LuMind Foundation Awards $1.1 Million in Grants to Advance Down Syndrome Cognition Research

LuMind Foundation, the nation’s leading Down syndrome cognition research organization, has contributed $10.5 million to fund cognition research since the organization was founded in 2004.

September 10, 2014 (Marlborough, Mass.) – The LuMind Foundation (formerly the Down Syndrome and Treatment Foundation – DSRTF) announces the award of $1.1 million in funding for six new LuMind Research Grants, propelling Down syndrome cognition research. The latest recipients of LuMind Foundation grant funding are researchers at Johns Hopkins School of Medicine, Emory University School of Medicine, University of California San Diego School of Medicine, University of Arizona, Stanford University and VA Palo Alto Health Care System.Grants 2015 Quote

The LuMind Research Grants for 2014-2015 significantly build upon the LuMind-supported research that has led to dramatic breakthroughs in defining specific mechanisms responsible for cognitive impairment in Down syndrome, as well as the identification and pursuit of nine new potential drug targets for improving cognitive function, learning, memory and speech, involving the developmental intellectual disability, and overcoming the additional cognitive decline and neurodegeneration associated with the earlier onset Alzheimer’s disease and aging in individuals with Down syndrome.

“The new grants supporting these exceptional investigators and their research will significantly accelerate further progress in discovery, translational, and clinical research for new therapies to improve cognitive function for children and adults with Down syndrome,” said Dr. Michael Harpold, LuMind Foundation’s Chief Scientific Officer and Chair, Scientific Advisory Board. “LuMind recognizes that without the generous financial support of the Foundation’s donors, these new advances, grants, and initiatives would not be possible, and we continue to be extremely grateful to all for their support.”

LuMind Foundation, a national nonprofit organization founded in 2004, focuses exclusively on identifying and funding critical biomedical cognition research for children and adults with Down syndrome. The Foundation’s mission is to accelerate the development of treatments that will allow people with Down syndrome to:

  • participate more successfully in school and work
  • lead more active and independent lives, and
  • prevent additional earlier cognitive decline associated with Alzheimer’s disease.

“With the  earlier development of Alzheimer’s disease in the majority of individuals with Down syndrome, recent and ongoing research progress underscores the hope of providing preventive treatments in those with Down syndrome, and that could benefit everyone,” added Dr. Harpold. “LuMind Foundation’s Research Program and Grants, including proactive and strategic engagement with biopharmaceutical companies, have been critical in addressing key strategic priorities and accelerating the unprecedented advances and progress leading to the initiation of landmark clinical trials.”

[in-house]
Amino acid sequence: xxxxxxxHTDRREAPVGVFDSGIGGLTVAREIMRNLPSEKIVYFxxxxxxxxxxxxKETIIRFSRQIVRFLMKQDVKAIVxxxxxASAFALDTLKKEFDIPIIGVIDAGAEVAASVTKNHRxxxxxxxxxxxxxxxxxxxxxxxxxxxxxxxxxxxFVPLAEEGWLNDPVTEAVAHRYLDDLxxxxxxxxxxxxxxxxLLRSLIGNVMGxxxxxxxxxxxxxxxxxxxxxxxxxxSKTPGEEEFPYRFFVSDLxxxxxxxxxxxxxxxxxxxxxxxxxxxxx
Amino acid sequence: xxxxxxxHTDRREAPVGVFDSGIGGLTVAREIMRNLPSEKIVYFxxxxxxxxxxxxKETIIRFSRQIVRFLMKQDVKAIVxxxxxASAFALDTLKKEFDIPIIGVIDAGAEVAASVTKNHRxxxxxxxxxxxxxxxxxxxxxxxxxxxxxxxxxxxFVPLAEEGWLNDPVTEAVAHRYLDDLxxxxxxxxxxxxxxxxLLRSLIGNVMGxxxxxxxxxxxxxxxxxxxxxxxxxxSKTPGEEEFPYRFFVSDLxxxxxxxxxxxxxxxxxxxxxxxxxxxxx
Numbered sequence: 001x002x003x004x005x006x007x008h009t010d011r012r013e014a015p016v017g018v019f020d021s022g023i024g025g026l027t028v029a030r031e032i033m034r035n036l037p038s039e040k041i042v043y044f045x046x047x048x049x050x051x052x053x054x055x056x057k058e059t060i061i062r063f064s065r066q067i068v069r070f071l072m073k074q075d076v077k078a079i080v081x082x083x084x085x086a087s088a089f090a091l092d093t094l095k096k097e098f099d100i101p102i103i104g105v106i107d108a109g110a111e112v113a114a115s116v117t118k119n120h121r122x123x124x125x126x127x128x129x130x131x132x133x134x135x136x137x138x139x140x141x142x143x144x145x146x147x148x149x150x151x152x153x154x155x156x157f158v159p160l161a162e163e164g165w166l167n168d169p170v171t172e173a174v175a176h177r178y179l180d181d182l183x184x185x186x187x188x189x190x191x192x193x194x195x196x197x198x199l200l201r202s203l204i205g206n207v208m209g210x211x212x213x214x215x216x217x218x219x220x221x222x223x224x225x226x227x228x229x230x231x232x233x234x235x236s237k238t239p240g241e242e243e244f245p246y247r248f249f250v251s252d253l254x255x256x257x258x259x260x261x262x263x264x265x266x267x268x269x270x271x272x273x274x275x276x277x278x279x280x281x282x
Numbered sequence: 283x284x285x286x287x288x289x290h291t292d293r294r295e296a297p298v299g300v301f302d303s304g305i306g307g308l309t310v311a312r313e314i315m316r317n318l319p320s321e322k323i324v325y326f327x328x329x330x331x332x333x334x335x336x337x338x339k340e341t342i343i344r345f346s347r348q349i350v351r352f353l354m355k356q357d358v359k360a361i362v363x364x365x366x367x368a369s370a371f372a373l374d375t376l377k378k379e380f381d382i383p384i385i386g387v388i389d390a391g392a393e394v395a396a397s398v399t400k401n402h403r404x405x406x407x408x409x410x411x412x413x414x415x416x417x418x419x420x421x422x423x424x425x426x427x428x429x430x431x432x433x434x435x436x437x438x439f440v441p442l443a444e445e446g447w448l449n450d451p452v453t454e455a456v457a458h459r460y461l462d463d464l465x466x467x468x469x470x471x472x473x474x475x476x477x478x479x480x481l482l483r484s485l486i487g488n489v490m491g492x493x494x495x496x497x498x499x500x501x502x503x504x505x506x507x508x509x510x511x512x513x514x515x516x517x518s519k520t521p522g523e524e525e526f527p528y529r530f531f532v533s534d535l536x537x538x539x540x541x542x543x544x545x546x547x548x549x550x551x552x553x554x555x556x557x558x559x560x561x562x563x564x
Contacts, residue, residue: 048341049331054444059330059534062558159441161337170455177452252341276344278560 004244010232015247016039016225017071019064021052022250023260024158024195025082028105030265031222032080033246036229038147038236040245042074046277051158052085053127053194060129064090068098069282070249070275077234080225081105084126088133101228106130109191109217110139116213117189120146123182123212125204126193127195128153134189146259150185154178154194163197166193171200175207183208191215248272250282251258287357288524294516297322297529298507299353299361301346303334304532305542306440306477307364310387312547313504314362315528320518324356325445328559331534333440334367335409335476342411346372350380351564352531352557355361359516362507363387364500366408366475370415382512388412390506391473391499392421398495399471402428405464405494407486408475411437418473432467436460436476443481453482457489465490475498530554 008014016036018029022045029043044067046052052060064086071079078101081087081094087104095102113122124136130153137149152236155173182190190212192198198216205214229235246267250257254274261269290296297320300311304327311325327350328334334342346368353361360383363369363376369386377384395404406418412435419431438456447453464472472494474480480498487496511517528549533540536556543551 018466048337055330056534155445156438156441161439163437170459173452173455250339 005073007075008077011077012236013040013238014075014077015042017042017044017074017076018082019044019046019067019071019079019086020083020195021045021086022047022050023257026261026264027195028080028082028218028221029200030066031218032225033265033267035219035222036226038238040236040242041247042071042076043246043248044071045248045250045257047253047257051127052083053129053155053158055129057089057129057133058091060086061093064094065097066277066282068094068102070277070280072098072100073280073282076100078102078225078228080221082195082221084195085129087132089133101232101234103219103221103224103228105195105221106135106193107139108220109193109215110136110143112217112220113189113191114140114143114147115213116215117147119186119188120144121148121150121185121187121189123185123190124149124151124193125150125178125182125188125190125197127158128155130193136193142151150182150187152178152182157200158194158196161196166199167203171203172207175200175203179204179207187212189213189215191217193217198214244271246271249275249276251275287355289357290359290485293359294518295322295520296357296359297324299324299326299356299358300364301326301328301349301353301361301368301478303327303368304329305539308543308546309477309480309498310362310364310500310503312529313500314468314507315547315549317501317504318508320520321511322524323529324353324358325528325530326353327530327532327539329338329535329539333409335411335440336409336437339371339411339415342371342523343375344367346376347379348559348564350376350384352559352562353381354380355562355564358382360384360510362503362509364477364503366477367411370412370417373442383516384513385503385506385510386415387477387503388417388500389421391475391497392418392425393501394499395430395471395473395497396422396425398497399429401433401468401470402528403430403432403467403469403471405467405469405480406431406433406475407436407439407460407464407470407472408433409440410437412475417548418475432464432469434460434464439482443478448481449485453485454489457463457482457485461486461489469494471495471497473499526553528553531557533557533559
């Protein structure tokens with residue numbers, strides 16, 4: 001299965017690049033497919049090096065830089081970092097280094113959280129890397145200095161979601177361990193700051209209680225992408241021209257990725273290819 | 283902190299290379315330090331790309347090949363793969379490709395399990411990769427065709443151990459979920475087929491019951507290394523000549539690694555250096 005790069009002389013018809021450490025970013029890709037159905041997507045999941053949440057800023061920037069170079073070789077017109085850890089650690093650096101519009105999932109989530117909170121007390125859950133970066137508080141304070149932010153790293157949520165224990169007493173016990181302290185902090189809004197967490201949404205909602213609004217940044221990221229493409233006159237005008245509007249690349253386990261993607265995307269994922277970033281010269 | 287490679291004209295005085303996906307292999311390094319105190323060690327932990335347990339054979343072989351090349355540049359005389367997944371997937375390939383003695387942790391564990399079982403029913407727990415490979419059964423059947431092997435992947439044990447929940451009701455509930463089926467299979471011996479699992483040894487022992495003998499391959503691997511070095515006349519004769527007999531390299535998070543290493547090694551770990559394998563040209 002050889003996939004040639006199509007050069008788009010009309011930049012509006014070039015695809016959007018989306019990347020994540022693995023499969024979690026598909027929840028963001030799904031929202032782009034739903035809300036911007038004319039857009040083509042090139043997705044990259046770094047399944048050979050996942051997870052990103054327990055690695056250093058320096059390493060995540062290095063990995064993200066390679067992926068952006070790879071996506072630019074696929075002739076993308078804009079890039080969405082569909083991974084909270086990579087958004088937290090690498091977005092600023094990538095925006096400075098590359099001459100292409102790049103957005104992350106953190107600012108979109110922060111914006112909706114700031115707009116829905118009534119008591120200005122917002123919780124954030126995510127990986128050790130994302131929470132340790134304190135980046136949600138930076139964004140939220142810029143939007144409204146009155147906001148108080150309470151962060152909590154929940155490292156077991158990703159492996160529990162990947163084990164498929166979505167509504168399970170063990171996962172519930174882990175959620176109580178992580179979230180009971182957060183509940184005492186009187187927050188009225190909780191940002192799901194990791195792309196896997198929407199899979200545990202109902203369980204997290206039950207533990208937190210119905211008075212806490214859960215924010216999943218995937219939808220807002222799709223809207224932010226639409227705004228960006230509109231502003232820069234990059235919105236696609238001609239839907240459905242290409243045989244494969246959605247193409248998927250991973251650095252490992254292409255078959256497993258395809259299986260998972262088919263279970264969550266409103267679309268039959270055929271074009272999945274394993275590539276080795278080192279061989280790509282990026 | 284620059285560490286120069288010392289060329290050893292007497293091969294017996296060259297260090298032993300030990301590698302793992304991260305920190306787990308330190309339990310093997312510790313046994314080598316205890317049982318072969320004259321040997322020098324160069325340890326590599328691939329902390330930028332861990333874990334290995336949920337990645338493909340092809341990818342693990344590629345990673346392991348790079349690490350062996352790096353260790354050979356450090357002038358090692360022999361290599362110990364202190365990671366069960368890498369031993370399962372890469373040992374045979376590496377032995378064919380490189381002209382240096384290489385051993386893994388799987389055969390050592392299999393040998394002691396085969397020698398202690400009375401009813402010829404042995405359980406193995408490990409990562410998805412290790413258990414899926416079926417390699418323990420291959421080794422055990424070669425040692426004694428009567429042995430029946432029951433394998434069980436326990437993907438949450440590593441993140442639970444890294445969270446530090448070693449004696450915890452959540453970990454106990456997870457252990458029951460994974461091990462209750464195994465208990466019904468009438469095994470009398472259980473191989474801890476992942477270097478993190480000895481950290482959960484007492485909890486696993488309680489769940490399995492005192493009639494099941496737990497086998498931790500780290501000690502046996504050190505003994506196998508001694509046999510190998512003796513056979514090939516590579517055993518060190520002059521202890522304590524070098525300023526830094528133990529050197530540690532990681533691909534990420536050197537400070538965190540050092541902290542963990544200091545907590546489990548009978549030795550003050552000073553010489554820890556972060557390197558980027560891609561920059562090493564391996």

The new 2014-2015 LuMind Research Grants include:

Johns Hopkins University School of Medicine – receiving $175,000 LuMind Research Center Grant for “A Down Syndrome Center for Fundamental Research-Cognition.”

Emory University School of Medicine – receiving $210,000 LuMind Research Center Grant for “The Down Syndrome Cognition Project (DSCP)” with co-Principal investigators from nine additional institutions (Johns Hopkins University, Kennedy Krieger Institute, University of Arizona, University of California Davis/MIND Institute, University of Pittsburgh, Oregon Health and Science University, Children’s National Medical Center Washington DC, UPenn/ Children’s Hospital of Philadelphia, Waisman Center/University of Wisconsin).

University of California, San Diego School of Medicine – receiving $235,000 LuMind Research Center Grant for “Defining the genes, mechanisms and treatments for neurodevelopmental and neurodegenerative causes of cognitive dysfunction in Down syndrome.”

University of Arizona – receiving a $195,000 LuMind Research Innovation Grant for “The Neuropsychology of Down Syndrome.”

Stanford University – receiving a $165,000 LuMind Research Innovation Grant for “Mechanisms Underlying the Roles of Sleep and Circadian Rhythms in the Learning Disability of Down Syndrome.”

VA Palo Alto Health Care System – receiving a $120,000 Innovation Research Pilot Research Grant for “Improving Adrenergic Signaling for the Treatment of Cognitive Dysfunction in Down Syndrome.”

For individual Research Grant Project Summaries with more detailed information, please visit our web site.

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